In addition to the initial assessment, the patient underwent a course of treatment with the dental hygienist and received advice on the appropriate use of techniques and adjuncts to maintain good oral hygiene.
On examination, periodontal pockets were all less than 3mm and no carious lesions were noted. Extraoral examination revealed an increased Frankfort-mandibular plane angle and the patient had a high lower face height. The patient was unable to achieve a consistent, lips-together rest posture and had a high lip line. Her naso-labial angle was normal.
The incisor relationship was Class I with a 4mm overjet and a 10 per cent overbite. A crossbite was present between UR7 and LR6. It was further noted that the upper arch deviated to the left by 1mm. The centre line relationship of the lower arch, however, was coincident and there was no displacement on closure.
The patient had a full Class II molar relationship on the right-hand side and a Class I molar relationship on the left. The canine relationship on both sides was a Class I. The lower arch was moderately crowded with mild crowding on the upper arch.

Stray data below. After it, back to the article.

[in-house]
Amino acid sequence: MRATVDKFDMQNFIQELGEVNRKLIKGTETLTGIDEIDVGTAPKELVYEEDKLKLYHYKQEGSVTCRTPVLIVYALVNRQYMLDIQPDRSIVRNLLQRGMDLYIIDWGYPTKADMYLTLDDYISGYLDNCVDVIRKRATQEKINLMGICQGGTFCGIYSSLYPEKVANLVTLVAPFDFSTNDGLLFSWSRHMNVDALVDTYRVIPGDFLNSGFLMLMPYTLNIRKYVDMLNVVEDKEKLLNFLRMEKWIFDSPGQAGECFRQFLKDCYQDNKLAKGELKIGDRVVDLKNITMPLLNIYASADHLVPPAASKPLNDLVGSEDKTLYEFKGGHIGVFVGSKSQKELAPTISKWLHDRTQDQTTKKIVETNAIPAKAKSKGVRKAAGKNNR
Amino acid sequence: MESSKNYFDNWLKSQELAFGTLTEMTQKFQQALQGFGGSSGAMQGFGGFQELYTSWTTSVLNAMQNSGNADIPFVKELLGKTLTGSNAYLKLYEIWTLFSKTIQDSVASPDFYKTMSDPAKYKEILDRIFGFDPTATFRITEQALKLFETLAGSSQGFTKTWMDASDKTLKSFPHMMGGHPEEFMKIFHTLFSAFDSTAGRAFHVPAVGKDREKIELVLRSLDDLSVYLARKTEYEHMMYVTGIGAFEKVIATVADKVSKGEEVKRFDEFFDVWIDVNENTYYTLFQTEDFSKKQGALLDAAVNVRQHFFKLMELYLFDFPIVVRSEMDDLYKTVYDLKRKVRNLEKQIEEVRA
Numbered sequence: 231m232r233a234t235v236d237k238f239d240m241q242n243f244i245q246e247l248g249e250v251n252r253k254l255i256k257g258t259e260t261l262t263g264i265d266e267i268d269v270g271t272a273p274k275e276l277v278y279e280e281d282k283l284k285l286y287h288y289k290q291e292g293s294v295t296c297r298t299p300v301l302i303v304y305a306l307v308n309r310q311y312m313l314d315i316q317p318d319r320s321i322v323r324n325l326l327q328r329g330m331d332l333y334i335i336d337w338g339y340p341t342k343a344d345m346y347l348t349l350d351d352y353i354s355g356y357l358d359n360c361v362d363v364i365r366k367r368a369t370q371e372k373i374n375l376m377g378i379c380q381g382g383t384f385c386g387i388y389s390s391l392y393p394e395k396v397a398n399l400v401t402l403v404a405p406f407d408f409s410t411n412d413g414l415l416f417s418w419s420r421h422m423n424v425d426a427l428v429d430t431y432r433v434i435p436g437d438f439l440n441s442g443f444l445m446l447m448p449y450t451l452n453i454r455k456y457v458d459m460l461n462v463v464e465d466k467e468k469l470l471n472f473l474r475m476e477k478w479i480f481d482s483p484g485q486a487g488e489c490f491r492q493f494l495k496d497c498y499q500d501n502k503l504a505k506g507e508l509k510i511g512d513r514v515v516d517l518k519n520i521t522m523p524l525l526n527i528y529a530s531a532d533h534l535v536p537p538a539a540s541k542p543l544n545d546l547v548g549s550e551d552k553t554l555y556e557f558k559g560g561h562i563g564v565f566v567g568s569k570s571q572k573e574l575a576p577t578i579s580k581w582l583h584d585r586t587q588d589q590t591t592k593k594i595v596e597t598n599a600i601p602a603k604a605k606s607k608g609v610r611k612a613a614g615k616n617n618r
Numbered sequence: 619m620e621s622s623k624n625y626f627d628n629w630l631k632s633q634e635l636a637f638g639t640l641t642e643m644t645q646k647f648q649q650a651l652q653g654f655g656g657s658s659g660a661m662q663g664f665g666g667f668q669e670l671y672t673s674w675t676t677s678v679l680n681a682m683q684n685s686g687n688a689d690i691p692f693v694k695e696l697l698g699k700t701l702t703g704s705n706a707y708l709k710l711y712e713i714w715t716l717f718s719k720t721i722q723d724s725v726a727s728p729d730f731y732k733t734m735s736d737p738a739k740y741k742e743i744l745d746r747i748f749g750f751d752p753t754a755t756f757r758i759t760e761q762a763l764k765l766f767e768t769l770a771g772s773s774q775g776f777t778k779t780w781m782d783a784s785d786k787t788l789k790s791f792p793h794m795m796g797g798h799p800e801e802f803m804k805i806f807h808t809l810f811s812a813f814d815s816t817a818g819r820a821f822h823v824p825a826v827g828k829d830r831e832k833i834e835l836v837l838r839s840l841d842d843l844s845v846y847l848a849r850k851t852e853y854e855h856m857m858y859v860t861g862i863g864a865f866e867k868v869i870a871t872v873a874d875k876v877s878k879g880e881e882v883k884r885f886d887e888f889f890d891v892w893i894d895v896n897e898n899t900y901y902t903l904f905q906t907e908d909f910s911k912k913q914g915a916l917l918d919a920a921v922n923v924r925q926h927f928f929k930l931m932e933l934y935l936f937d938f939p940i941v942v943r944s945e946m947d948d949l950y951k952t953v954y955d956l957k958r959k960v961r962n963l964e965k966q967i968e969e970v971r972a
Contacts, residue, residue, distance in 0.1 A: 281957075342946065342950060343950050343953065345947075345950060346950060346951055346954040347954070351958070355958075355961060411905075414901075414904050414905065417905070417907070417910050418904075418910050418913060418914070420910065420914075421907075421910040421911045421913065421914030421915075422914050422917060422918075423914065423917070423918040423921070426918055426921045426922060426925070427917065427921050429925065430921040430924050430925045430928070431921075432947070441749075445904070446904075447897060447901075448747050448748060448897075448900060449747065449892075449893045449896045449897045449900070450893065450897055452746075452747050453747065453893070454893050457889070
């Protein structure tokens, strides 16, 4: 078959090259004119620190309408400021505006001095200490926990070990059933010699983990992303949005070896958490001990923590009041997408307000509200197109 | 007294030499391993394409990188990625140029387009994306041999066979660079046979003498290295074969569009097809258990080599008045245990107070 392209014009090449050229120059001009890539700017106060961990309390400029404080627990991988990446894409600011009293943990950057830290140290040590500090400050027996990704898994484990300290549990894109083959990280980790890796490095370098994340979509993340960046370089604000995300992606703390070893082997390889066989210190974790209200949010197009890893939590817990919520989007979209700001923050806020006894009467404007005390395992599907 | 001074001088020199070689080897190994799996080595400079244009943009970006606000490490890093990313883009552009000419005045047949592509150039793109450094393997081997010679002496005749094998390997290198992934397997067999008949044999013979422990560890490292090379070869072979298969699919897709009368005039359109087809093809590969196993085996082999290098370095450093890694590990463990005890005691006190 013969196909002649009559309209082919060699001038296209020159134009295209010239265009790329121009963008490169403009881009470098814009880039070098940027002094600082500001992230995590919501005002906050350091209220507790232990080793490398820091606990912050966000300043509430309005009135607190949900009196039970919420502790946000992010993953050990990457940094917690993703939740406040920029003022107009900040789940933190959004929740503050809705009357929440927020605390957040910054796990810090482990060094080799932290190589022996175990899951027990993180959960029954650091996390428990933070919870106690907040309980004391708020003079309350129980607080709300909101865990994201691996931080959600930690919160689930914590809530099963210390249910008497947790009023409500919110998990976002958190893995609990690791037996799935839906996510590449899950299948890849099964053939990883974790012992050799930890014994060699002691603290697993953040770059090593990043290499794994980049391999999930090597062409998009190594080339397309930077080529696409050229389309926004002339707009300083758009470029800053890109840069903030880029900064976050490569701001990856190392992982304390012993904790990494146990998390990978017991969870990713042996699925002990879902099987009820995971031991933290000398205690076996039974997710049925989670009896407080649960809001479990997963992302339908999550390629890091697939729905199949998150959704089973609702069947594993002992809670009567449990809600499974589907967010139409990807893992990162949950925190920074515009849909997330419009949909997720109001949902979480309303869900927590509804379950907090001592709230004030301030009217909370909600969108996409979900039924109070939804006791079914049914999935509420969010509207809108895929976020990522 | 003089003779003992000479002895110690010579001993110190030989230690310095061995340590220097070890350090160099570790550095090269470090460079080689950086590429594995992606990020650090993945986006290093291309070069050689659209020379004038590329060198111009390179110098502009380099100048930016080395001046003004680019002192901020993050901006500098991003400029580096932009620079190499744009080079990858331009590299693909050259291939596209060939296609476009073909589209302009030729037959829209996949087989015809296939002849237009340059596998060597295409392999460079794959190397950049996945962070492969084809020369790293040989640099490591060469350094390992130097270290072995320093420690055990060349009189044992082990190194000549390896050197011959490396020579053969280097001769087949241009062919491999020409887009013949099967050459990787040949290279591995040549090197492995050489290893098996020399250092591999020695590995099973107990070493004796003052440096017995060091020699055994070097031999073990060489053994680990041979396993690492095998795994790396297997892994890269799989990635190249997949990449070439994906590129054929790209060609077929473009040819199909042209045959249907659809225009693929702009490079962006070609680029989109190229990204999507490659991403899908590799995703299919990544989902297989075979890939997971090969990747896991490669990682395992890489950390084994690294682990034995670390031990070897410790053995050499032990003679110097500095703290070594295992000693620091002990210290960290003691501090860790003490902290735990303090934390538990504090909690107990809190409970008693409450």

To treat the patient’s overjet and overbite, while also correcting the right molar relationship, centre lines, crossbite and upper and lower anterior crowding, a number of different treatment options were discussed.
The ideal or comprehensive approach was discussed in detail with the outcome of correcting her overjet and overbite to a normal Class I relationship, as well as the right molar relationship, posterior crossbite and centrelines, along with the upper and lower anterior crowding.
A compromised treatment plan was also discussed as an option, highlighting that while this would correct her upper and lower anterior crowding (which were her presenting concerns), we would be accepting her posterior crossbite, centrelines and right molar relationship. I feel this discussion is the most important part of the treatment process and it was aided by the use of Archwize™ 3D planning, with before and after mock-ups of the anterior alignment. It was here that I demonstrated exactly what would be corrected and what would be accepted unless a comprehensive approach was undertaken. In this case the patient could visualise her posterior crossbite, centrelines and molar relationship. I also highlighted the shallow overbite and the risk of it reducing, given the risk factors of an increased FMPA and high lip line.
The patient opted for anterior alignment using the ClearSmile Brace appliance with ceramic brackets on the upper and lower teeth. Interproximal reduction (IPR) estimated by the Archwize™ diagnostic would be used to aid alignment.